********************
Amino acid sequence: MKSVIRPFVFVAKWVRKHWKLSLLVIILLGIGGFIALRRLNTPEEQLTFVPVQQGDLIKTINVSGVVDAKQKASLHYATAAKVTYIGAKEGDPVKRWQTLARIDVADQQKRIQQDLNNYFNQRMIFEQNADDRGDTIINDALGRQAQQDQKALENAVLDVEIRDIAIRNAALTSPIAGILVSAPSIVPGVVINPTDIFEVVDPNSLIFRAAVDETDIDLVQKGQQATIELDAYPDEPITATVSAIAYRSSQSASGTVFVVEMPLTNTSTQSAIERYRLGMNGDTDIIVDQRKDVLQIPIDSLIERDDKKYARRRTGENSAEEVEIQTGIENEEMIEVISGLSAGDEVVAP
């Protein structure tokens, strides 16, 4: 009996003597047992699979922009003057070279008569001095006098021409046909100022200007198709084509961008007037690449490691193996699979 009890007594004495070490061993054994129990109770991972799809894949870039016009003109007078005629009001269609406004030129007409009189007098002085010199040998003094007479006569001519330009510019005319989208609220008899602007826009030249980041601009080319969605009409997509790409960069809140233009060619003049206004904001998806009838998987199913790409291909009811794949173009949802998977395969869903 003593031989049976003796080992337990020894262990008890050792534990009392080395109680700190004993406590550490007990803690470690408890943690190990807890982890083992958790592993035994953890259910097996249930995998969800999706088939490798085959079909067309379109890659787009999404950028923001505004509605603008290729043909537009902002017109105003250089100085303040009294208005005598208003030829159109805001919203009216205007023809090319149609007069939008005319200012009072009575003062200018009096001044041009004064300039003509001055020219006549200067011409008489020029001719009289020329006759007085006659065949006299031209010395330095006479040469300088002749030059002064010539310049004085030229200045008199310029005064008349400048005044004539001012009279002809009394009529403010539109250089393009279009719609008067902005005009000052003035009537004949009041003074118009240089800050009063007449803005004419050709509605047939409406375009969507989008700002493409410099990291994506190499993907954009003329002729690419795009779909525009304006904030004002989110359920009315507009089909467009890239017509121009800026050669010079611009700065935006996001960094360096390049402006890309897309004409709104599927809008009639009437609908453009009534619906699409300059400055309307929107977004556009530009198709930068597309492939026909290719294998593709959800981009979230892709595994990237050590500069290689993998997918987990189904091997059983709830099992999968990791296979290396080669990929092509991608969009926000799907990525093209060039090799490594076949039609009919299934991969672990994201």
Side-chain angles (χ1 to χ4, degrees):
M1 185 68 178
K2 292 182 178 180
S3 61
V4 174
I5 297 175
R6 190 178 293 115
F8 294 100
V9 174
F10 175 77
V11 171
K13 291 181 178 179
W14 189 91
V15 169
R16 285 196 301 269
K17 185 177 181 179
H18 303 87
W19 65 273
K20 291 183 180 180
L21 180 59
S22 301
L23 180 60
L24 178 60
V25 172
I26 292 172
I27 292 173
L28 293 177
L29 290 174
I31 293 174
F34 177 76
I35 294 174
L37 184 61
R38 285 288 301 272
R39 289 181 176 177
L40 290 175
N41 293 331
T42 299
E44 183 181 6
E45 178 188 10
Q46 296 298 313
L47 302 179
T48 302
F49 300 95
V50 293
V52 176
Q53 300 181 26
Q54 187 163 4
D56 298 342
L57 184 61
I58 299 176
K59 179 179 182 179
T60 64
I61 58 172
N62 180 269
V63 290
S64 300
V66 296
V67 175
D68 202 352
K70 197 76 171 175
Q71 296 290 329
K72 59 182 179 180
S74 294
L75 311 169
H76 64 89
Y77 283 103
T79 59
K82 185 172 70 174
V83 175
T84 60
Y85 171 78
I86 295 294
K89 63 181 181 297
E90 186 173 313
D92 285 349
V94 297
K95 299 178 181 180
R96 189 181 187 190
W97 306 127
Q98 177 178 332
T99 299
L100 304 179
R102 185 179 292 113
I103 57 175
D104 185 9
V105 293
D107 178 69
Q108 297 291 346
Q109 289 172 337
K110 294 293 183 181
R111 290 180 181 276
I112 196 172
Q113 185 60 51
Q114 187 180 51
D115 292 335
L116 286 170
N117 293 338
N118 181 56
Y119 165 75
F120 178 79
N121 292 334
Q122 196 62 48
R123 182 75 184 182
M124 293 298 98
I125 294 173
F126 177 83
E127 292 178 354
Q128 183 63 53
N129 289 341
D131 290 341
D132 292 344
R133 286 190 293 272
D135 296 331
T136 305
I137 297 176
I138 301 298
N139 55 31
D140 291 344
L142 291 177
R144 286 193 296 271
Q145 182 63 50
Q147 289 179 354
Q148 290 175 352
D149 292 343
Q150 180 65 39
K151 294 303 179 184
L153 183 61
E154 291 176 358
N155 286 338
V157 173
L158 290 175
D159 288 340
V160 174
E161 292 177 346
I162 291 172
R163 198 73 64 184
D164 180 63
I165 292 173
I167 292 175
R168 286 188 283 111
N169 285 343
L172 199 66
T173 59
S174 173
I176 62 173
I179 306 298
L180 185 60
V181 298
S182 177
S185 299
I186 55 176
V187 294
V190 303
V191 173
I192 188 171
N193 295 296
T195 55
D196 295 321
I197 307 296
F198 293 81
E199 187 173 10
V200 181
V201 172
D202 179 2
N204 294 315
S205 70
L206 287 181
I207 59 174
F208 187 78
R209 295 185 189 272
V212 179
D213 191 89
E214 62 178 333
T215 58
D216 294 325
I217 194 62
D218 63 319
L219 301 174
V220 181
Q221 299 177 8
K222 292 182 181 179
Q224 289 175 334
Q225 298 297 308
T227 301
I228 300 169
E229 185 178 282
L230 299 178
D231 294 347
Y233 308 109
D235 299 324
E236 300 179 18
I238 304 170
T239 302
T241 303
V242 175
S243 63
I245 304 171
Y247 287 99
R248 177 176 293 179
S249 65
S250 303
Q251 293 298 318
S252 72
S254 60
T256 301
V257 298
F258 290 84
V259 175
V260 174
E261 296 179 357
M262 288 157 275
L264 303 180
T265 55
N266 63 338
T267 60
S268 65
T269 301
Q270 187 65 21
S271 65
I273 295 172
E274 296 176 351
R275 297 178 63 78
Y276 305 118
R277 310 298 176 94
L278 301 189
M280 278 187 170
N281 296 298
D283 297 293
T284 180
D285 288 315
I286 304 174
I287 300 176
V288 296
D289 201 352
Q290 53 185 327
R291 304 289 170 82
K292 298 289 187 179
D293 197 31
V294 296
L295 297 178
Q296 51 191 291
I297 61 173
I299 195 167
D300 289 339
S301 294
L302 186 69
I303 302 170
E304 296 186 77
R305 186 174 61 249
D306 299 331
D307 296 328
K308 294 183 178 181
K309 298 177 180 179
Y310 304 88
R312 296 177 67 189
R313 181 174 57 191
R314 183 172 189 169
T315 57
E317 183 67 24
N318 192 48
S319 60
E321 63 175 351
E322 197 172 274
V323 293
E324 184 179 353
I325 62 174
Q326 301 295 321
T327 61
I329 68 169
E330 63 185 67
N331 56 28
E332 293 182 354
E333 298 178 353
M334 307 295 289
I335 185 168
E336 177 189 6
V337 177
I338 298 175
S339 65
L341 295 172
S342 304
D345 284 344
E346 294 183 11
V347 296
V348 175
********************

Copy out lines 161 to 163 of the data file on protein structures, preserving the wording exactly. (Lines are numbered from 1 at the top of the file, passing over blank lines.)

I197 307 296
F198 293 81
E199 187 173 10